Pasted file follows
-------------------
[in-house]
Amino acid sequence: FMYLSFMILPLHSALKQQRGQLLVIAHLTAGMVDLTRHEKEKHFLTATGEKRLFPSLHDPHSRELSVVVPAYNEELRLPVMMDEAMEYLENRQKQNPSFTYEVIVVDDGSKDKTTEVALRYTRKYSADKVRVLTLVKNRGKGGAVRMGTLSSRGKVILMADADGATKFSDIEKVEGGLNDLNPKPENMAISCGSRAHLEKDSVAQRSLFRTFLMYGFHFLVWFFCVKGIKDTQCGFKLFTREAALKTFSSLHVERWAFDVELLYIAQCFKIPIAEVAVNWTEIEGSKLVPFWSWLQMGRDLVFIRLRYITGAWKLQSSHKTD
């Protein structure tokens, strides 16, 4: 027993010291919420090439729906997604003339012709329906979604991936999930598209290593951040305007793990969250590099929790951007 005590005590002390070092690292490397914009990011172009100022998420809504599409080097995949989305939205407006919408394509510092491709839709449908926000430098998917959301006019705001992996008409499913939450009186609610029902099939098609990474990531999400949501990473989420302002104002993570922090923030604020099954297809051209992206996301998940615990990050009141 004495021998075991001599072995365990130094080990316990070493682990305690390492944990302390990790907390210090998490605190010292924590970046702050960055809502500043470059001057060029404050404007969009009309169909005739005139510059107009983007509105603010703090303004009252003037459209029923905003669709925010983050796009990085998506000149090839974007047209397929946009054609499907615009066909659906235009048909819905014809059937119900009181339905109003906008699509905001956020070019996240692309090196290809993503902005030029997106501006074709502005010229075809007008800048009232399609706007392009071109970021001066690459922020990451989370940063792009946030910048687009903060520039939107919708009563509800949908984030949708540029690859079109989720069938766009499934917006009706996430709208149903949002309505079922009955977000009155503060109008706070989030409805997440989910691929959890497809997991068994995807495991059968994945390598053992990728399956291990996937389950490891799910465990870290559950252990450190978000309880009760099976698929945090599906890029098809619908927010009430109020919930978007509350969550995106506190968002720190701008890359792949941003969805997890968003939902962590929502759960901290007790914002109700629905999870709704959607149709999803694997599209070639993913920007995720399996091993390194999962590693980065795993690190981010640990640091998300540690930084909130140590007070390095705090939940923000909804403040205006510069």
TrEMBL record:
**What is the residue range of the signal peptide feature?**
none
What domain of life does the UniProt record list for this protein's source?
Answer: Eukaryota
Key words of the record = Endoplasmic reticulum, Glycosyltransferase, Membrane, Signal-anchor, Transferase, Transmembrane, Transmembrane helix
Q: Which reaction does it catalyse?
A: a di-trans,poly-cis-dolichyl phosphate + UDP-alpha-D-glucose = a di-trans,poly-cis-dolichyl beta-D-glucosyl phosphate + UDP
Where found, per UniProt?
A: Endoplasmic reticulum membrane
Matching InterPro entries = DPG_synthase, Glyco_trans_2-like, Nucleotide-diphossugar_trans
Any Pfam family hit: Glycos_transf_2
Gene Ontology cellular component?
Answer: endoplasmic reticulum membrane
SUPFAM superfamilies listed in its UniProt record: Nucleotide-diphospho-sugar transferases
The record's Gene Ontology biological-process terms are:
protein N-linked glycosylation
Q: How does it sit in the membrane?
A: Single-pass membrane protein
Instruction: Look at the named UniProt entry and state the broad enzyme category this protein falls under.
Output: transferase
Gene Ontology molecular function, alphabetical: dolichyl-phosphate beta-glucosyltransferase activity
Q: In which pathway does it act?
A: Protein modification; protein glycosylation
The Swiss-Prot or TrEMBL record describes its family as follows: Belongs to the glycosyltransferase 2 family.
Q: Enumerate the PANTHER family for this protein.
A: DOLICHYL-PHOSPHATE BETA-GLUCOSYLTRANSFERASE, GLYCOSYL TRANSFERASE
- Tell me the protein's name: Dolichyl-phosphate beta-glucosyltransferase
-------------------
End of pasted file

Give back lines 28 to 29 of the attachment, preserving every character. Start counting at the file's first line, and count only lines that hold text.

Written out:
The Swiss-Prot or TrEMBL record describes its family as follows: Belongs to the glycosyltransferase 2 family.
Q: Enumerate the PANTHER family for this protein.